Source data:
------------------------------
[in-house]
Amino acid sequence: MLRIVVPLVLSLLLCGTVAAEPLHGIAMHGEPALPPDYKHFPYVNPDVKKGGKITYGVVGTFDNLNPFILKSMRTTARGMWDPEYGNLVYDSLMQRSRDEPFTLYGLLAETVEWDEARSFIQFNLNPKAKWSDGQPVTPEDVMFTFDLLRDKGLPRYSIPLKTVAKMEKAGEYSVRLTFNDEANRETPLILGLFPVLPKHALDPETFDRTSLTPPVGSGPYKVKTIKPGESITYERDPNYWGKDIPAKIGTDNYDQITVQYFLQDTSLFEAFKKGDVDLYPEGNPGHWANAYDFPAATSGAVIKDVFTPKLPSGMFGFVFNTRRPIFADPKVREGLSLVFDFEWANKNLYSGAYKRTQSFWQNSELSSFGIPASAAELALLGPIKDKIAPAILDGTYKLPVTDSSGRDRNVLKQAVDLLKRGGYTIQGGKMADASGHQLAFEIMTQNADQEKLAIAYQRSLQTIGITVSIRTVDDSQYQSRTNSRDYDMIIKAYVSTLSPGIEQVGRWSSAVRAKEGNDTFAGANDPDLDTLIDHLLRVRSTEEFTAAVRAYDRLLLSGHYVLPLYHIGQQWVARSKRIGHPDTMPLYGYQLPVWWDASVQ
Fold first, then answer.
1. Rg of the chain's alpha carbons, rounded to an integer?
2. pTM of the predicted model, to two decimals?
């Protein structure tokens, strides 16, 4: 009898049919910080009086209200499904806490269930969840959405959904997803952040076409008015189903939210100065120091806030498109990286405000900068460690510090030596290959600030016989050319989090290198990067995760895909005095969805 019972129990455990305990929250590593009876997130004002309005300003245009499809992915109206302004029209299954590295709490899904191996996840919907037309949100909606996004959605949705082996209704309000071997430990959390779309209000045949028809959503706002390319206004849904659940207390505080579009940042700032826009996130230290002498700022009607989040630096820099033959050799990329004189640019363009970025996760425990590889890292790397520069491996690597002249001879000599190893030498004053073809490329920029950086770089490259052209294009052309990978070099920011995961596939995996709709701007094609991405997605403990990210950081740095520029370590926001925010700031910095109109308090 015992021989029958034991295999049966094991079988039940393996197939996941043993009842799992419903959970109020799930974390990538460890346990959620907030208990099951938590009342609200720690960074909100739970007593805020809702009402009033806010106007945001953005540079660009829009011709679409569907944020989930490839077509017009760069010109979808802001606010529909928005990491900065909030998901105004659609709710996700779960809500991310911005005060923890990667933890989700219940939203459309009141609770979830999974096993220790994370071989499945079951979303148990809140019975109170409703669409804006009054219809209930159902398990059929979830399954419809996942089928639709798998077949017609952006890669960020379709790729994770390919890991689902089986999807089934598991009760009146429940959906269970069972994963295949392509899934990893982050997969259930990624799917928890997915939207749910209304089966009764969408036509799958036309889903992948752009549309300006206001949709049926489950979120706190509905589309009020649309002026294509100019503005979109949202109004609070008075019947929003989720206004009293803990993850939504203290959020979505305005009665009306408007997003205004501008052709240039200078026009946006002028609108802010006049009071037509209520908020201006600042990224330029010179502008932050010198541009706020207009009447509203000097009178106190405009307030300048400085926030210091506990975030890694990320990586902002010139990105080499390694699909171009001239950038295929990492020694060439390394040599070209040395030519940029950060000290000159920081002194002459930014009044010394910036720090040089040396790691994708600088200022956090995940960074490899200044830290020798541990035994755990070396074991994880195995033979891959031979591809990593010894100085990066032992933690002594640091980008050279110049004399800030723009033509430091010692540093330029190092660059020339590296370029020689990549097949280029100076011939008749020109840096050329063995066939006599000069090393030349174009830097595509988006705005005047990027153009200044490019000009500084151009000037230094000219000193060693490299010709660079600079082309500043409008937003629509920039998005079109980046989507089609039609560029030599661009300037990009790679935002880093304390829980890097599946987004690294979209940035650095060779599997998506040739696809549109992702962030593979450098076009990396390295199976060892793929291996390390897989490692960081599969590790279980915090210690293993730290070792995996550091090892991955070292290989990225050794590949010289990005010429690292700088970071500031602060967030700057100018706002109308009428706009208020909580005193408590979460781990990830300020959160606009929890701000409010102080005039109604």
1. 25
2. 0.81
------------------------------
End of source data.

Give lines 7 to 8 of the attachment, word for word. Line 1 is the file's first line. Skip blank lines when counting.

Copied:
1. 25
2. 0.81